Illinois homeowners are burdened with a combination of tax woes that are causing them to think twice about staying put. Illinois has the second-highest property taxes, beat only by New Jersey. And homeowners have also been hit with the largest permanent income tax hike in Illinois history.
Reasons for Illinois Housing Market Slack
Nearby states are benefitting from Illinois tax woes as homeowners look to nearby states where property taxes are lower. Experts are expecting the Illinois housing market to weaken in 2019. In fact, Illinois is one of three states where single-family homes are a worse investment now relative to the pre-housing bubble.
One of the main reasons the housing market is expected to weaken in 2019 is the impact of four years of a declining population as residents move to nearby states. And that isn’t due to retirees moving to warmer climates. The largest population group to decline is those aged 25-54. This exodus is going to have an effect on the workforce and it will eventually have an impact on the housing market as those most likely to buy homes in the future will leave the state with their parents.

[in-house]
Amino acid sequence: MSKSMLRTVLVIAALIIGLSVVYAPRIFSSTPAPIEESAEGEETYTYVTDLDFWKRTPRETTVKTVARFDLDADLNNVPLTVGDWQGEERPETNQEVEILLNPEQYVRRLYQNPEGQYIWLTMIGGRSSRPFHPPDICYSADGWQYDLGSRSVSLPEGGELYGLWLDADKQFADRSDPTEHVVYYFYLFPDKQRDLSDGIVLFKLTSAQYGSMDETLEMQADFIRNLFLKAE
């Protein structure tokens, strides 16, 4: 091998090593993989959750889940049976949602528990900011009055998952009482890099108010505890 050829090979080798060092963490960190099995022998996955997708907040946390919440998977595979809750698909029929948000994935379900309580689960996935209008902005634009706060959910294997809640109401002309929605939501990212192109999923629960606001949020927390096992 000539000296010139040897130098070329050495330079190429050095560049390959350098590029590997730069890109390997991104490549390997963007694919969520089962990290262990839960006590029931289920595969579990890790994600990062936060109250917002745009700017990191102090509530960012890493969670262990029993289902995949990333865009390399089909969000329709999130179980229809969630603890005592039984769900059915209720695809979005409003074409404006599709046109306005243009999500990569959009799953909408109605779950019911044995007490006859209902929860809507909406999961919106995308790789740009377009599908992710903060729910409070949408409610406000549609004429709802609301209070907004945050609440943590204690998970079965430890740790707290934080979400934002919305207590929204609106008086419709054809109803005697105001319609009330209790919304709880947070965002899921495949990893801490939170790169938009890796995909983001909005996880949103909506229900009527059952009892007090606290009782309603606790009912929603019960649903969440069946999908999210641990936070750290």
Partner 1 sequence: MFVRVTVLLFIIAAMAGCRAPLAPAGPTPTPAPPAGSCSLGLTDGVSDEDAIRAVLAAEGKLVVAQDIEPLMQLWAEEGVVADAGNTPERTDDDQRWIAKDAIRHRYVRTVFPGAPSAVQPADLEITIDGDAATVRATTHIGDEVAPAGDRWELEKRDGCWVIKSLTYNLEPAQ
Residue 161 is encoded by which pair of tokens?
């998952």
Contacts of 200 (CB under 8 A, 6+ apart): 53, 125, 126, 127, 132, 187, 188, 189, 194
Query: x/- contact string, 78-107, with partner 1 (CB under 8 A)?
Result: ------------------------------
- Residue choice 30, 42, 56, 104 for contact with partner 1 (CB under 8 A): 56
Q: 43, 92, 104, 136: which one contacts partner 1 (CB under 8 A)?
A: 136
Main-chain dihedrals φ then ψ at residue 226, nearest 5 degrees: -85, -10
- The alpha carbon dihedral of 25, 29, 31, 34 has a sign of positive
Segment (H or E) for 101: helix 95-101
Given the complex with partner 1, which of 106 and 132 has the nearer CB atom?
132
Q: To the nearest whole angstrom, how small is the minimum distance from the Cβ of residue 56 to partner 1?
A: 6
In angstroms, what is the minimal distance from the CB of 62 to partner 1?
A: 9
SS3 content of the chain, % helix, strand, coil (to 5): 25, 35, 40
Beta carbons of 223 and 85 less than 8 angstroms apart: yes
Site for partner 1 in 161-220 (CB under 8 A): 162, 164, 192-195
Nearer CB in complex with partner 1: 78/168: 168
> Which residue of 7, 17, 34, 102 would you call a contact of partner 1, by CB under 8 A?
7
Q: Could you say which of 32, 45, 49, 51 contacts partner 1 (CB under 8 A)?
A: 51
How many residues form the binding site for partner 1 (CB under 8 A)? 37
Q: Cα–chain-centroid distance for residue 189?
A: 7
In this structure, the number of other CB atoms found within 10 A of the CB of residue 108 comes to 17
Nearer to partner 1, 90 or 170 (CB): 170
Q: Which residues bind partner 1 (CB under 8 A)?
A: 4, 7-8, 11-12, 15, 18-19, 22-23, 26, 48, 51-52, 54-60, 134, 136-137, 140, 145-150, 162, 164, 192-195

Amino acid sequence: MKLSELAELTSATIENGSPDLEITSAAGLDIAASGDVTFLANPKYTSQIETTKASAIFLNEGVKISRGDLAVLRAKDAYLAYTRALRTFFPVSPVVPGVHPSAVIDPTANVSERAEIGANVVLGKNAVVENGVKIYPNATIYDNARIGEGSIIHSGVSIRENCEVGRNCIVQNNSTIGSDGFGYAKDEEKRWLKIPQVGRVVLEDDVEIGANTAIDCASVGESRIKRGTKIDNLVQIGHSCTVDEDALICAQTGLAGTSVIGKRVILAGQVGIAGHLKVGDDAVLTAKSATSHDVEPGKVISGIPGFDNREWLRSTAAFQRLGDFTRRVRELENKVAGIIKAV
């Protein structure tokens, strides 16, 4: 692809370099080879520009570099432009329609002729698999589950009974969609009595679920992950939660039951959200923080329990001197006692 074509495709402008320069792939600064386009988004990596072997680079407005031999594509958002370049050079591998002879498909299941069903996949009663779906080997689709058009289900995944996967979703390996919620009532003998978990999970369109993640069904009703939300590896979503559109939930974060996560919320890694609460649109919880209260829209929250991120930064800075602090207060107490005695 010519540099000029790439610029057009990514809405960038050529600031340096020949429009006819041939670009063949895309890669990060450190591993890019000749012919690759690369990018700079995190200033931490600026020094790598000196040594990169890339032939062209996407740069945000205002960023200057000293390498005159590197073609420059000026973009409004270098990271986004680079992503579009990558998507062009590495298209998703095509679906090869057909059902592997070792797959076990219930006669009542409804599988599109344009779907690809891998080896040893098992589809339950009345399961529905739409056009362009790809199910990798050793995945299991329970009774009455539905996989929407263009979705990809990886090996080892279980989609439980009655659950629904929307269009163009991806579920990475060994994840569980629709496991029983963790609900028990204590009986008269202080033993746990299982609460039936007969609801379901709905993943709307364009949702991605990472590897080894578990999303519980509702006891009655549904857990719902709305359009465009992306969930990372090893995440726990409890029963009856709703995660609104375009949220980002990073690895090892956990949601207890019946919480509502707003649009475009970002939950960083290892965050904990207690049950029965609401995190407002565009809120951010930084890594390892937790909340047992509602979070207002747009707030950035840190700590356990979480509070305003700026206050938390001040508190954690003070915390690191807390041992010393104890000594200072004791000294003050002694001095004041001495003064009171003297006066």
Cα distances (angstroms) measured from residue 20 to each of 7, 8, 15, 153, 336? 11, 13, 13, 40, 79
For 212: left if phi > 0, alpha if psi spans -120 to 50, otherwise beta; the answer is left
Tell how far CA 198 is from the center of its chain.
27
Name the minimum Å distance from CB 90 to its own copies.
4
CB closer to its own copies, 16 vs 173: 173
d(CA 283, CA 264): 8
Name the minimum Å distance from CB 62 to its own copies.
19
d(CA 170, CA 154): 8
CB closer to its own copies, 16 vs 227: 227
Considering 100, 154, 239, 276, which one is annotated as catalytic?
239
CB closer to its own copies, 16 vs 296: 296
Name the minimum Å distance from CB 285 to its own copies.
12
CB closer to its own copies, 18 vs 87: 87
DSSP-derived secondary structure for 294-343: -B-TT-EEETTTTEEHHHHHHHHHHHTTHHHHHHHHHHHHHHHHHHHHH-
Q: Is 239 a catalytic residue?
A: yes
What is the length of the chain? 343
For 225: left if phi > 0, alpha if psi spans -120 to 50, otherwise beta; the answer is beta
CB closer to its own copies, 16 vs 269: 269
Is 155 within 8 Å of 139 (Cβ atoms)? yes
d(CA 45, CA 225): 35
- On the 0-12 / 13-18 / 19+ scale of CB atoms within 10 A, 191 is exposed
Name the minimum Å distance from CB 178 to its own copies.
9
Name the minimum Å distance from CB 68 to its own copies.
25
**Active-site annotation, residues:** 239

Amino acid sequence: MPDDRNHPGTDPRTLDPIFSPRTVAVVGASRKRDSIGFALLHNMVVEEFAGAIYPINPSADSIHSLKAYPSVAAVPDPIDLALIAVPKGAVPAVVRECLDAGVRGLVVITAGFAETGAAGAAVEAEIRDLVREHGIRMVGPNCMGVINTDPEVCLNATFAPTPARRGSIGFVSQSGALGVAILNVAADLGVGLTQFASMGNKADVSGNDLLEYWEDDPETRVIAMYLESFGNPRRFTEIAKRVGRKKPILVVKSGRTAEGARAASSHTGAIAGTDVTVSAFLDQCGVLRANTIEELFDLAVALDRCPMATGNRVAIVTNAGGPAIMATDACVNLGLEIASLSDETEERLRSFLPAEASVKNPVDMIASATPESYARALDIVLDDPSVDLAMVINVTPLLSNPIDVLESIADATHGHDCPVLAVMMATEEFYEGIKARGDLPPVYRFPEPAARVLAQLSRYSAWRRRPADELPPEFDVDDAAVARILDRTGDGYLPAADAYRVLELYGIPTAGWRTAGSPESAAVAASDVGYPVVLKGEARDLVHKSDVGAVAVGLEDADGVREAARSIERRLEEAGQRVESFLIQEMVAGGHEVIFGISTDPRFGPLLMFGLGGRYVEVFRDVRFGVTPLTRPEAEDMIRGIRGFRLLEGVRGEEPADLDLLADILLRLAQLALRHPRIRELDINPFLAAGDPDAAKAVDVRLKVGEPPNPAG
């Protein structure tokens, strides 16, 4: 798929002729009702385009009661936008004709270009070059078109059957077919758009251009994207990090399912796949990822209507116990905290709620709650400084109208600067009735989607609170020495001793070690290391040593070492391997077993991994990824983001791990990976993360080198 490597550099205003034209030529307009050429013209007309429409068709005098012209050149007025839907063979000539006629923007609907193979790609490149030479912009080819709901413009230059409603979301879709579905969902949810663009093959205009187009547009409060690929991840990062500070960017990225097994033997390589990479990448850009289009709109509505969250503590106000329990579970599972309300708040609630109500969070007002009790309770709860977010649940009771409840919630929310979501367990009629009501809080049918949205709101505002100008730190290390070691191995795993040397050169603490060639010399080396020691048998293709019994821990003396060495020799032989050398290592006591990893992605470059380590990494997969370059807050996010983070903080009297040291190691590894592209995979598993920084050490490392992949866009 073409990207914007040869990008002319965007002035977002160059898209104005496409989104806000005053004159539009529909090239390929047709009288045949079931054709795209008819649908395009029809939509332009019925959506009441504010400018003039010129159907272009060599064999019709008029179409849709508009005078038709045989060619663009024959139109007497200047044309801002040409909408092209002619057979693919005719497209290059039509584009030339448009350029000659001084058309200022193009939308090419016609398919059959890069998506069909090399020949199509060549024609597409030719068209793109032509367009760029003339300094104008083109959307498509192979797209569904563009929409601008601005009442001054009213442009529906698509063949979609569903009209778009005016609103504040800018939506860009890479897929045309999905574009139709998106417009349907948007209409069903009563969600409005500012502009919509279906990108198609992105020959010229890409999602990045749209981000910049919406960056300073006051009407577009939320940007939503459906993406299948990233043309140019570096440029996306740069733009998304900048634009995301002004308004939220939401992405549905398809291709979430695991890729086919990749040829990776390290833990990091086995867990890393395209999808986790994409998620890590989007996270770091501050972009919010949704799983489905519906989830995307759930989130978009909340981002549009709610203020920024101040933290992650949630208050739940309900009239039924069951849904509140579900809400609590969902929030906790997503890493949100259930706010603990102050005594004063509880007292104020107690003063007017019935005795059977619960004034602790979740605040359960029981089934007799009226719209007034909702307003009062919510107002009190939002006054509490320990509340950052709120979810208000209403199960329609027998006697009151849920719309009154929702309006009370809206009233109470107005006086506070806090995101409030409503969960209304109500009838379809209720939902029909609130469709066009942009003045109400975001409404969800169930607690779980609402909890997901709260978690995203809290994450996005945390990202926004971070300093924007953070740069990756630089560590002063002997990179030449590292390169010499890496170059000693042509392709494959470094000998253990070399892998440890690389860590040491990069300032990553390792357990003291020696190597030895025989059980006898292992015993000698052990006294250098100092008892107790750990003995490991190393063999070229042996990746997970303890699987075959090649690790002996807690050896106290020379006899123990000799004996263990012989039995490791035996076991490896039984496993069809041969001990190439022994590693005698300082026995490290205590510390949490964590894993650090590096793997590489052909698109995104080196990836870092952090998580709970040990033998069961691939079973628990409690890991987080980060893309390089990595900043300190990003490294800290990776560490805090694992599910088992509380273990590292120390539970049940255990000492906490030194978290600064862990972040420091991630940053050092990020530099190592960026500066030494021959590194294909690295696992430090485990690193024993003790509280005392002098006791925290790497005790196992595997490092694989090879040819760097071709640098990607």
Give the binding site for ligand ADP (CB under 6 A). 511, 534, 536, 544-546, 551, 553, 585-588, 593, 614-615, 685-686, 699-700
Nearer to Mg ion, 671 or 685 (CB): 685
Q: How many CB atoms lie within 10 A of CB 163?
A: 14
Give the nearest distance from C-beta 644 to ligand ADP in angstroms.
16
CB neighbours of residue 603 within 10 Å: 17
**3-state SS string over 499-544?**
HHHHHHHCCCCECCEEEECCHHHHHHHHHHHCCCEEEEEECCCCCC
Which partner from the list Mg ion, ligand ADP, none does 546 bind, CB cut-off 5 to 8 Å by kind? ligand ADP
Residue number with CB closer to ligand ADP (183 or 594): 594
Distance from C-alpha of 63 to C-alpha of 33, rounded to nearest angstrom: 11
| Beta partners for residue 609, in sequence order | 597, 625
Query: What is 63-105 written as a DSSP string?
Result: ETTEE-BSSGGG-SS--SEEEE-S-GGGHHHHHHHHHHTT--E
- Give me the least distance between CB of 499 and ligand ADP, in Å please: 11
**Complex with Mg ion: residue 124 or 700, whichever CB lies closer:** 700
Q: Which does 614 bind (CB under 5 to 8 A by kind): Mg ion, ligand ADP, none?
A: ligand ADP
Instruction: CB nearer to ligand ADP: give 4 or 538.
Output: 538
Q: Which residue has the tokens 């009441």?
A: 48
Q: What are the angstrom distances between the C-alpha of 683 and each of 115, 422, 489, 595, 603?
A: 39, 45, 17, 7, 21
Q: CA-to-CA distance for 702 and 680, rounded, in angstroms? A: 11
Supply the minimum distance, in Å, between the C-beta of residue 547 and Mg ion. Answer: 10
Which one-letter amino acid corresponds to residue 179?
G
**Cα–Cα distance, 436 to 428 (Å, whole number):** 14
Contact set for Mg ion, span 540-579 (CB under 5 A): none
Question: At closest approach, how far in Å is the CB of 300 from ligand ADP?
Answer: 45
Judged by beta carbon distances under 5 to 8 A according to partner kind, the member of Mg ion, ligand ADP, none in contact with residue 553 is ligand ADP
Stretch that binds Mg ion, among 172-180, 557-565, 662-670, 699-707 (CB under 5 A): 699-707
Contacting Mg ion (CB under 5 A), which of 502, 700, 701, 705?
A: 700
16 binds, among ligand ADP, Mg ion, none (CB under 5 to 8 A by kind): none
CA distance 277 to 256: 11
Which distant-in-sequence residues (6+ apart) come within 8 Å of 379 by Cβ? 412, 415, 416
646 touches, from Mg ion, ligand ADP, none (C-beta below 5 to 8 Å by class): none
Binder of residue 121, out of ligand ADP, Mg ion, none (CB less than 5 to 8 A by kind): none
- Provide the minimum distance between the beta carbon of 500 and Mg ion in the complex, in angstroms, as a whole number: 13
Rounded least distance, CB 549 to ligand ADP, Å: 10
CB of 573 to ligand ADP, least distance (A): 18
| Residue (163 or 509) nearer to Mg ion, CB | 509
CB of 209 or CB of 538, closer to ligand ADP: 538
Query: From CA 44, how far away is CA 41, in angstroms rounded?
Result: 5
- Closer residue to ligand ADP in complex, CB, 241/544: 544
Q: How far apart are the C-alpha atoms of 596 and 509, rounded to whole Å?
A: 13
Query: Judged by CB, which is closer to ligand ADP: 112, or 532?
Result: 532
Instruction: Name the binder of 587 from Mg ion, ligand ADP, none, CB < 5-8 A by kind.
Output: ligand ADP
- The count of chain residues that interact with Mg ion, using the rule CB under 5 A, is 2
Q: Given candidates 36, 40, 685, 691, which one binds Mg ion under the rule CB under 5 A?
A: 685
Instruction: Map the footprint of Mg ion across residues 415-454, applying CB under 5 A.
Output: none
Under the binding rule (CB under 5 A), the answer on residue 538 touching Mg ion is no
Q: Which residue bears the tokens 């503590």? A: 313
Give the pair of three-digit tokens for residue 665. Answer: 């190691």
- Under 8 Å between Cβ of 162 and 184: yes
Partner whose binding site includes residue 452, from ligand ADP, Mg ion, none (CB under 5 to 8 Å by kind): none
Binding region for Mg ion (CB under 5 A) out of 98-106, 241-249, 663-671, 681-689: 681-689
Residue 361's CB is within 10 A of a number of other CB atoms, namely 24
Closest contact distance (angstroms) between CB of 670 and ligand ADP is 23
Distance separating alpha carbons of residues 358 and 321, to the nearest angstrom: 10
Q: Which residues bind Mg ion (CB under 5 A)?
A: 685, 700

In addition, property taxes in Illinois in the past decade have surpassed the rise in home values, growing 76 percent faster than home values in Cook County alone. Property tax increases are generally accepted when homeowners can see the dollars financing local services that enhance the neighborhood and cause home prices to appreciate. That has not been the case for the past 20 years in Illinois. In fact, fewer than 50 cents of every extra dollar of property tax has paid for the delivery of current services.
Property taxes in Illinois have been used to finance the public pension system in the state, which is at least $130 billion in debt. The Illinois Constitution contains a pension guarantee clause that was added in 1970.
The third item having an impact on Illinois is the 2017 income tax hike, which was the largest in state history. The income tax increased 32 percent, from 3.75 percent to 4.95 percent. At the same time, neighboring states have lowered income taxes, another reason Illinois homeowners are moving.
The impact of the tax burden imposed on Illinois residents has the potential of creating long-range consequences for the state.